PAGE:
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Thread: VSMS: Difference between Singer 115 and Singer 15-30 machines?

  1. #1
    Senior Member kwendt's Avatar
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    Hi all... I've been 'absent' for a while... but yesterday, I happened to stop by a thrift store and pick up a (I think) 15-30 in a plain jane, 5 drawer cabinet #2. Other than lifting wood on the fold out top, it's in great condition. Drawer springs intact, center drawer perfect, treadle head almost mint 'Gingerbread' decals. (See picture of machine). Came with attachments (low shank/side clamp) but no book.

    Here's my question. The serial number is hard to read, I think it's G394507. But after looking at it in strong light, I think there's a "1" stamped on the far right side of the brass plate, almost off the plate itself. If so, then it's a model 15, allotted 2/15/1915. There are a lot of sub models, but given that the bobbin winder is high, the tension is not numbered and there's no bobbin winder guide on the right side bed - I think it's a 15-30.

    Question #1: That cabinet #2 (sorry no picture yet) according to ISMACS, was used for 15-30s, 66-1s, 127s and 115s. I hadn't heard of 115's.... so I looked. It looks awful similar to a 15-30. A google search doesn't show me much. What's the difference?

    Question #2: Is it possible to replace that old, bunch o wires tension, with a say... 15-91 tension set up in it's place?

    Question #3: The face plate on this machine is totally dull silver blank... no scroll, no striations, it's flat-plain. Never seen this before.... what is it? It's in a treadle cabinet, not portable case... so I don't think it's a Navy/Army machine. See picture...

    Note: the pictures are pre clean up. Thanks for any tips/advice/knowledge... kim

    Front of 15-30? Gingerbread decals
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    Face plate view, note old tension
    Name:  Attachment-212771.jpe
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    Backside of 15-30
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  2. #2
    Super Member thepolyparrot's Avatar
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    I don't know about the 115's, but that is going to be a gorgeous machine when it's cleaned. Except for that one small place on the back of the bed and the "Singer" on the back of the arm, you might be able get back all the color of the original decals. How fabulous! :)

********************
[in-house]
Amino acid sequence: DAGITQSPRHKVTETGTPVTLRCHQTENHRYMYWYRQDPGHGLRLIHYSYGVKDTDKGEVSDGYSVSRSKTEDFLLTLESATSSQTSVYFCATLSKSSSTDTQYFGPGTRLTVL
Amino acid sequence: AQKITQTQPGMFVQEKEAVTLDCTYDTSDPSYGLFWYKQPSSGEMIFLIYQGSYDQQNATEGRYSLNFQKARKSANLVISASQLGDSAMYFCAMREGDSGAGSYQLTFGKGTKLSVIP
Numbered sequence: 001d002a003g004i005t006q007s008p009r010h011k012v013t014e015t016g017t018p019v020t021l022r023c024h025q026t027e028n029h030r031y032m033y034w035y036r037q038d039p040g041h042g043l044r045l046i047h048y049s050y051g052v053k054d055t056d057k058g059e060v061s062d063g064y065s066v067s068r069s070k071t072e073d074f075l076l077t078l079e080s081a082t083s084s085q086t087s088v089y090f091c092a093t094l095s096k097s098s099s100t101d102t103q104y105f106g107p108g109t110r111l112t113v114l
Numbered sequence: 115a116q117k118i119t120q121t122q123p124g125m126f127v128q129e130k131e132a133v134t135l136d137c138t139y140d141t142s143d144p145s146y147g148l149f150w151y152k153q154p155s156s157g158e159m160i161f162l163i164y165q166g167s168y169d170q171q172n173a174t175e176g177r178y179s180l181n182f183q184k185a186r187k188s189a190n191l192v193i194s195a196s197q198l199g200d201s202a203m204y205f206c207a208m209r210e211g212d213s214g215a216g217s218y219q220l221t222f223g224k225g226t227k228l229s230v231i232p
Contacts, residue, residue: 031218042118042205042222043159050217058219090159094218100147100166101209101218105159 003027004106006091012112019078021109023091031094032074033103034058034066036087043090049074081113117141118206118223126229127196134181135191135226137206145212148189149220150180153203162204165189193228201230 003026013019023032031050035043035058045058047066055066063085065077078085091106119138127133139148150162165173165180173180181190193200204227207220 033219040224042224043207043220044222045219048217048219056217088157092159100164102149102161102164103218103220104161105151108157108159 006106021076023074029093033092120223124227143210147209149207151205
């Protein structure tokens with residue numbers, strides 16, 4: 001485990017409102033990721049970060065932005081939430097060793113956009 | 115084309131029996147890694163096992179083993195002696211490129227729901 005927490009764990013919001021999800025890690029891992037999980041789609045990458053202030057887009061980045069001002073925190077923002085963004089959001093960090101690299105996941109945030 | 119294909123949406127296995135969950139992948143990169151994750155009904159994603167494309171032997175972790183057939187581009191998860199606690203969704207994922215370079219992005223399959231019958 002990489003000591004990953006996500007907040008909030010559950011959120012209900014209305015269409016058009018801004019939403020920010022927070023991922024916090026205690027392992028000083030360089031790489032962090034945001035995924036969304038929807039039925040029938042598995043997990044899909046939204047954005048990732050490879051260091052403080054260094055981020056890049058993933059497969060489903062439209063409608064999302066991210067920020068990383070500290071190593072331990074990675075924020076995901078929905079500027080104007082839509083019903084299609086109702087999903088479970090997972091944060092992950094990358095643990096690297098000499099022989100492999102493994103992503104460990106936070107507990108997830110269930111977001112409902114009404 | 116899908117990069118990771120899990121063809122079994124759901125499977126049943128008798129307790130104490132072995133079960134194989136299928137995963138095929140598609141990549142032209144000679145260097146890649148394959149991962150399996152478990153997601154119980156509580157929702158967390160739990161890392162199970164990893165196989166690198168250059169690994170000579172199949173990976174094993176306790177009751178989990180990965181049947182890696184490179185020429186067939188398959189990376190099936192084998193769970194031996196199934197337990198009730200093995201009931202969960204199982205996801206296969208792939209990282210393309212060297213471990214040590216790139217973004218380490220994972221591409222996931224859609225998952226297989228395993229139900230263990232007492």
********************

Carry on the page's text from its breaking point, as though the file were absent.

It looks like you should be able to replace the face plate & tensioner with a decorated one from the 30's. Do you have another 15 that you could try it with to see if it works?

    These old tensioners are really good ones, though - a couple of my treadles have them and once you get the two disks polished, they work beautifully. :)

  3. #3
    Senior Member kwendt's Avatar
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    Hi Polyp... thanks... the decals are really steller. Little to no chipping in the japan either. Just a lot of dirt and old grease.

    The bed looks like the oil will clean off and the decals be fine. I'll need to go slow and careful... one swipe cotton balls and q-tips for sure. There is one spot on the bed where they might be a tad silvered. The section "N" on the back, that's worn... and I can't tell why. There's no pin rash. Who knows.

    I do have a 15-91 from 1942, but that's got a totally different molding to the face plate. I checked. Interesting. I've got my eye out on ebay for some old timey scrolly 15 plates....

    Meanwhile, I guess I'll try using the dremal for polishing up the metal bits, then 000 steel wool. I'm not sure what attachment to use on the dremal though... I'd think the brushy sanders are too harsh, and the sanding drums I have will also cut grooves into soft metal, I should think.

    What dremal attachments/sanders/belts/brushes do you recommend???

  4. #4
    Super Member thepolyparrot's Avatar
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    You can get buffing wheels at just about any hardware store that will fit a Dremel or you could get a buff to put on a bench grinder/jeweler's lathe if you happen to have one of those.